Instructions

[10 minutes]

  • Divide participants into groups of 3-5 members.

  • Ask teams to assign a note-taker, time-keeper and presenter for the debriefing part (valid for each activity from here on); these roles should switch at times.

  • Assign one character who might require a special approach (a vulnerable or adversarial source) to each team (e.g. a child migrant, a witness to a crime, a member of an LGBTQI+ community under threat, a whistleblower, a convicted trafficker, a corporate shareholder accused of money laundering, a politician suspected of bribery, etc.)

  • Ask teams to answer these questions regarding their assigned character / interviewee:

    • How will you approach them?
    • Where will you arrange the interview meeting?
    • What other aspects should you consider before and during the meeting / interview?
    • How will you keep a safe record of the answers, data, or information you plan to collect?
  • For the group activity, you can prepare character cards with brief scenario descriptions in advance and assign a card to each group to save time. Try your best to adapt the scenarios and characters to the context / needs / challenges of your group. Allow groups to reject and switch certain characters if they find the suggested one distressing or traumatising.
  • If conducting this workshop as a follow-up to “The Human Element: Identifying and Reaching Out to Sources Safely”:

    • either keep the same groups as before or form new ones and maintain them across this workshop,
    • groups can keep their previous use cases and choose or be allocated interviewees and activities related to them, to save time.

[5 minutes] Debriefing

  • Ask each group to present their ideas in 2 minutes, while providing reasons for their decisions.

  • Comment and provide feedback to each team and ask other participants to share questions / suggestions.

Preparing questions and an interview plan

Produce | 20 minutes

Tools / Materials

  • “Activity Templates – The Human Element: Interviews requiring special approaches” - section “Group Activity: Preparing the interview” (copies to fill out online or printed)
  • A slide / flip-chart paper with group task guidelines and key points to remember
  • Shared cloud folder and files / text edit platform (e.g. Framapad) for listing notes and observations (if online)
  • Whiteboard, flip-chart paper, sticky notes / post-its, pens (if offline)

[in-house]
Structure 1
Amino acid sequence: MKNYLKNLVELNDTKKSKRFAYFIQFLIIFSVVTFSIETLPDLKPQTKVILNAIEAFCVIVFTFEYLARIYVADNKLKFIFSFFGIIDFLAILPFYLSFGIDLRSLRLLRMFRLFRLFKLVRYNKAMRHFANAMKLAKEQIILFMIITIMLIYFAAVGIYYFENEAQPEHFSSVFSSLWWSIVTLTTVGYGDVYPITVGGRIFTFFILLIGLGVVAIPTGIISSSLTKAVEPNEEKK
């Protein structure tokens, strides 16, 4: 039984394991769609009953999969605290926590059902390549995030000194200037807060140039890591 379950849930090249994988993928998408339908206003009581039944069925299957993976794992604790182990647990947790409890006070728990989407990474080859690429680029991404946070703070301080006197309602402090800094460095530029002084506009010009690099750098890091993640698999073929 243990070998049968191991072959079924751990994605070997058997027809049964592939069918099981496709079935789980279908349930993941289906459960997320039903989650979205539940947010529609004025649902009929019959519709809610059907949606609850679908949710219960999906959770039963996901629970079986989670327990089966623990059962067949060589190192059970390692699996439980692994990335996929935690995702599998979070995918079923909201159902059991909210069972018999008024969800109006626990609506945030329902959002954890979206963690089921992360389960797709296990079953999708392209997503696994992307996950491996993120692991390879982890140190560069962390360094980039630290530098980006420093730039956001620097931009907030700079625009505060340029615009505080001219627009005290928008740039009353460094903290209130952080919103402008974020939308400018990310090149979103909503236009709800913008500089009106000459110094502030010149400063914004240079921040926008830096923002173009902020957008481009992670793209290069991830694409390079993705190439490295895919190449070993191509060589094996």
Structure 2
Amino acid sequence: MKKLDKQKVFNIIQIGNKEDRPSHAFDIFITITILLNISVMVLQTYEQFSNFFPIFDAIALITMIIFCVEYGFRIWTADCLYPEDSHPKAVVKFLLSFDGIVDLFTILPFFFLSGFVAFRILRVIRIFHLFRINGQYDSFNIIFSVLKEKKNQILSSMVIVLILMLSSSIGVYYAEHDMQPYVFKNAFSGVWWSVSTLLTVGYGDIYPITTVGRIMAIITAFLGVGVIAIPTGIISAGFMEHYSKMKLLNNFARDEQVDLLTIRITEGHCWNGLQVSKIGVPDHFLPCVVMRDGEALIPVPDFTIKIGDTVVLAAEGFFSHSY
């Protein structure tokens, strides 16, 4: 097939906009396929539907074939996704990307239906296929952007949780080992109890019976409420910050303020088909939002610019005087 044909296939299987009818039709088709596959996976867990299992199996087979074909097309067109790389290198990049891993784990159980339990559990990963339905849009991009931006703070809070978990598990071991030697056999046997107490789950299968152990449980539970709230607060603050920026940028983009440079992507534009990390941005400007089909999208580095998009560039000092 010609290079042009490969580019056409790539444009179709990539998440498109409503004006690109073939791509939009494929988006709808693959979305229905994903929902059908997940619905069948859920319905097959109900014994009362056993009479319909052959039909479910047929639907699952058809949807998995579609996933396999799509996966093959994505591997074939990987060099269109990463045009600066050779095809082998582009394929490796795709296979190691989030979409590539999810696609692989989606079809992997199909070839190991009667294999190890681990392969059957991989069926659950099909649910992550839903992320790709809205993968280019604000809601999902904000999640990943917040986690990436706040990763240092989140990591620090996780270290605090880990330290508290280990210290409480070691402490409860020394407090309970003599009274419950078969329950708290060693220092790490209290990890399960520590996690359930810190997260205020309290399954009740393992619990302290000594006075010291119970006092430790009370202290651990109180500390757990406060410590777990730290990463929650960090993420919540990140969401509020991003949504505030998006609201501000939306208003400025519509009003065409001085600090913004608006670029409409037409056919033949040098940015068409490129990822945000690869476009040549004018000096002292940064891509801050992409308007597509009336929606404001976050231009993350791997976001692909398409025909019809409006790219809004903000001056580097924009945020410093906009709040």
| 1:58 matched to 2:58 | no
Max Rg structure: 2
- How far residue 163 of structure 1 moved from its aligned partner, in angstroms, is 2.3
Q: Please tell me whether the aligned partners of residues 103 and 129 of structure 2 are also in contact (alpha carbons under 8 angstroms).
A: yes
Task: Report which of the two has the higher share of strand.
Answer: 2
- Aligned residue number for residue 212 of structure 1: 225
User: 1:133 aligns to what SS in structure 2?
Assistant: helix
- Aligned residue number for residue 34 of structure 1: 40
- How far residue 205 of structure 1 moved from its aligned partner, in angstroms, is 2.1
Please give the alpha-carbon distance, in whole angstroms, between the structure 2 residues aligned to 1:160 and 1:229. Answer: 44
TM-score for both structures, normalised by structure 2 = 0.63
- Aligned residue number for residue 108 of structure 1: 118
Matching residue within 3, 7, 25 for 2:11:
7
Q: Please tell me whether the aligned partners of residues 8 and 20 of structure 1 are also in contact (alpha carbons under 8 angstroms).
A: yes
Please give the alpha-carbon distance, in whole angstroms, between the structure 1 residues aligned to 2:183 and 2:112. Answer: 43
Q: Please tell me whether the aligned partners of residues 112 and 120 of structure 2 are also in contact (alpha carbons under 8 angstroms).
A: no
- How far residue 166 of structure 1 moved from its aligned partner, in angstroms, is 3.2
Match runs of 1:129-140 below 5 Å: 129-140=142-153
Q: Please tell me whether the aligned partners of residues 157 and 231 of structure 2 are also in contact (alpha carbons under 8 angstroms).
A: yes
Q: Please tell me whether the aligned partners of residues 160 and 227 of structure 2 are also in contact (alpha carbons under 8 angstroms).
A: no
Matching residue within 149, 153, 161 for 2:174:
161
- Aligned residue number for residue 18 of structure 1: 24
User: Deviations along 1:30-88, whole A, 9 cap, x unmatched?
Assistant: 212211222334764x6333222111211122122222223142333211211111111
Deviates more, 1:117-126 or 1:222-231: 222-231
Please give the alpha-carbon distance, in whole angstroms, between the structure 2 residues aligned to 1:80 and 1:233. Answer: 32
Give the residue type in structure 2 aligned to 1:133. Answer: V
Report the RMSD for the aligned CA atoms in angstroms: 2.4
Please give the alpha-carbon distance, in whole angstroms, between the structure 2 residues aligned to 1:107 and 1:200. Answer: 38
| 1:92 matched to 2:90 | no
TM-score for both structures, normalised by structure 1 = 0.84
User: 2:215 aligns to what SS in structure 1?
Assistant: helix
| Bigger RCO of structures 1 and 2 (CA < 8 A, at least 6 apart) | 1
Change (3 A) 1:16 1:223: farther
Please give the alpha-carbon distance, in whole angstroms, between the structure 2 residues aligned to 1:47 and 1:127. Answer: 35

Instructions

  • Ask participants to return to their groups from the previous activity.

  • Each group's task is to:

    • prepare a questionnaire for their assigned - vulnerable or adversarial - interviewee from the previous activity,
    • order the questions,
    • explain their goals and how they will try to achieve them.
  • Remind participants of essential goals such as:

    • Breaking the ice
    • Provoking a reaction
    • Gathering background for a story
    • Fact-checking other evidence or information of alternate sources
    • Gathering evidence
    • Getting testimony and/or the human side of the story, etc..
  • Remind teams to assign a note-taker, time-keeper and volunteer(s) for the follow-up activity of the role-play (see next section).

This exercise will serve a double purpose:

  • to check and refresh the knowledge acquired from previous experience and/or training (for instance, if participants also took the “The Human Element of Investigations” workshop previously), and
  • to understand the particularities of vulnerable and adversarial sources.
Conducting the interview

Practice | 25 minutes

Adapt the time for this activity according to the number of groups in your workshop.

Tools / Materials

  • Materials and groups’ notes from previous activity
  • A slide / flip-chart paper with key points to remember after role-play (see Debriefing).

Instructions

[20 minutes] Role-play

  • Following the previous activity, ask each groups to test its designed interview by performing a role-play.

  • Invite a volunteer from another group to play the role of the interviewee based on the scenario / character provided to each group.

  • Give each group 5 minutes to run their interview while others observe and take notes for later feedback.

    • To save time, groups can test only some of their questions (e.g. an introductory question + 2/3 main ones they prefer)
  • When all the groups have finished, invite everyone to share their thoughts and remarks.

[5 minutes] Debriefing and Summary

  • Following the role-plays, comment on the types of questions and goals, why they work or don’t, and what they are useful for.

  • Keep the conversation focused on DO’s and DON’Ts, e.g.:

    • Do ask general questions to break ice
    • Don’t ask leading questions that could influence what interviewees may answer
    • Don’t ask closed questions if your purpose is to gather background details
  • Share a ready-made slide with essential advice / tips and connect them with relevant questions to highlight the different types of questions:

    • Open vs. closed
    • Factual and open-ended
    • Leading questions
    • Follow-up
    • Provocative
  • Highlight that vulnerable or adversarial sources always require special approaches.

  • Transition to discussing next sections.

RESOURCES: